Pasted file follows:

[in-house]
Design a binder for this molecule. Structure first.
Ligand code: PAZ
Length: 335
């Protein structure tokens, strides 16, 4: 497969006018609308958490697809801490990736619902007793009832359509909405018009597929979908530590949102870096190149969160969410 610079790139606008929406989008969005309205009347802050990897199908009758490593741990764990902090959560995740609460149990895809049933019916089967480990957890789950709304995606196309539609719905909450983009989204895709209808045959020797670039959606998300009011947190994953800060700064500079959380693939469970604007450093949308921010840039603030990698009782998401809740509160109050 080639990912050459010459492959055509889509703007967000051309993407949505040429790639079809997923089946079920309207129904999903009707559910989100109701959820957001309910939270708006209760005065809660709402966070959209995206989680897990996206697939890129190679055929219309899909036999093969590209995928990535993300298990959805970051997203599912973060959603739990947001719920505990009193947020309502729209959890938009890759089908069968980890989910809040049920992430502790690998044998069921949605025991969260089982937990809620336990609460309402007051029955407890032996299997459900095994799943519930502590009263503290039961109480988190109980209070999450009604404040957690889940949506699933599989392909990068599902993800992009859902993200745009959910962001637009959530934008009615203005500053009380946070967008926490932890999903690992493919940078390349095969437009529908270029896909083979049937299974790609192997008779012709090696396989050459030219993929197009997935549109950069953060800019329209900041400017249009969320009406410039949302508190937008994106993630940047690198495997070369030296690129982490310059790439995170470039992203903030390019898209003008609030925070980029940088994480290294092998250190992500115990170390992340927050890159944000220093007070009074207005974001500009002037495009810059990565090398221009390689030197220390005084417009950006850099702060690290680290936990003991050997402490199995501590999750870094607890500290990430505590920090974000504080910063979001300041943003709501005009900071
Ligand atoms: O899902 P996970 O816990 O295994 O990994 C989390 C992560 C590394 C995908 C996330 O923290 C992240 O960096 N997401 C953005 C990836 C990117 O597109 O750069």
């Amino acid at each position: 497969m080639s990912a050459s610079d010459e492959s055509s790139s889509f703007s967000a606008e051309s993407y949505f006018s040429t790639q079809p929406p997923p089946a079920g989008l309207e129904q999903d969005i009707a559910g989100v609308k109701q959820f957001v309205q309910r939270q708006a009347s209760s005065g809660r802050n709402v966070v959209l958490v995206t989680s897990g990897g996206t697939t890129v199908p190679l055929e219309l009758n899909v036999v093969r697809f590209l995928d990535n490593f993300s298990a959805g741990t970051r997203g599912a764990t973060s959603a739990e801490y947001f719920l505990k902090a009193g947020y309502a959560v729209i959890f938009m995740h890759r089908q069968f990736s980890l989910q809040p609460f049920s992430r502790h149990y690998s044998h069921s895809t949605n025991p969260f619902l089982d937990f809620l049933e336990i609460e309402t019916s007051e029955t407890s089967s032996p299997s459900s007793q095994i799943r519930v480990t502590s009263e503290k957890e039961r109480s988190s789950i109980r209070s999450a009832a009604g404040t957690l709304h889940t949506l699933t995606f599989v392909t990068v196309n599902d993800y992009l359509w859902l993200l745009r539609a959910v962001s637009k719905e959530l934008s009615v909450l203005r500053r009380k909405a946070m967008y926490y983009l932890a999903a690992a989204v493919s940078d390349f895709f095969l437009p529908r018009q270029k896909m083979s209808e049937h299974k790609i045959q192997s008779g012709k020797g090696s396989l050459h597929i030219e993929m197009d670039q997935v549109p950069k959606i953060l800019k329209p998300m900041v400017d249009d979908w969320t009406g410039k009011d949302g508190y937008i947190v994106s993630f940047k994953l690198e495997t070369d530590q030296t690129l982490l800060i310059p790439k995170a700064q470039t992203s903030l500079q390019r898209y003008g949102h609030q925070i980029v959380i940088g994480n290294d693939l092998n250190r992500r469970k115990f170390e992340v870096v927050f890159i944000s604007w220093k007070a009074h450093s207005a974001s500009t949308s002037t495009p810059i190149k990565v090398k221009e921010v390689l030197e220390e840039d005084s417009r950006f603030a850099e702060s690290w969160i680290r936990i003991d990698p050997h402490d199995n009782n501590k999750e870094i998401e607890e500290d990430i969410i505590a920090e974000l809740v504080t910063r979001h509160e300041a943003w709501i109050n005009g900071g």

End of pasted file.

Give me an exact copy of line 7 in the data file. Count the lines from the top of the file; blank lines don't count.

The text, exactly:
């Amino acid at each position: 497969m080639s990912a050459s610079d010459e492959s055509s790139s889509f703007s967000a606008e051309s993407y949505f006018s040429t790639q079809p929406p997923p089946a079920g989008l309207e129904q999903d969005i009707a559910g989100v609308k109701q959820f957001v309205q309910r939270q708006a009347s209760s005065g809660r802050n709402v966070v959209l958490v995206t989680s897990g990897g996206t697939t890129v199908p190679l055929e219309l009758n899909v036999v093969r697809f590209l995928d990535n490593f993300s298990a959805g741990t970051r997203g599912a764990t973060s959603a739990e801490y947001f719920l505990k902090a009193g947020y309502a959560v729209i959890f938009m995740h890759r089908q069968f990736s980890l989910q809040p609460f049920s992430r502790h149990y690998s044998h069921s895809t949605n025991p969260f619902l089982d937990f809620l049933e336990i609460e309402t019916s007051e029955t407890s089967s032996p299997s459900s007793q095994i799943r519930v480990t502590s009263e503290k957890e039961r109480s988190s789950i109980r209070s999450a009832a009604g404040t957690l709304h889940t949506l699933t995606f599989v392909t990068v196309n599902d993800y992009l359509w859902l993200l745009r539609a959910v962001s637009k719905e959530l934008s009615v909450l203005r500053r009380k909405a946070m967008y926490y983009l932890a999903a690992a989204v493919s940078d390349f895709f095969l437009p529908r018009q270029k896909m083979s209808e049937h299974k790609i045959q192997s008779g012709k020797g090696s396989l050459h597929i030219e993929m197009d670039q997935v549109p950069k959606i953060l800019k329209p998300m900041v400017d249009d979908w969320t009406g410039k009011d949302g508190y937008i947190v994106s993630f940047k994953l690198e495997t070369d530590q030296t690129l982490l800060i310059p790439k995170a700064q470039t992203s903030l500079q390019r898209y003008g949102h609030q925070i980029v959380i940088g994480n290294d693939l092998n250190r992500r469970k115990f170390e992340v870096v927050f890159i944000s604007w220093k007070a009074h450093s207005a974001s500009t949308s002037t495009p810059i190149k990565v090398k221009e921010v390689l030197e220390e840039d005084s417009r950006f603030a850099e702060s690290w969160i680290r936990i003991d990698p050997h402490d199995n009782n501590k999750e870094i998401e607890e500290d990430i969410i505590a920090e974000l809740v504080t910063r979001h509160e300041a943003w709501i109050n005009g900071g």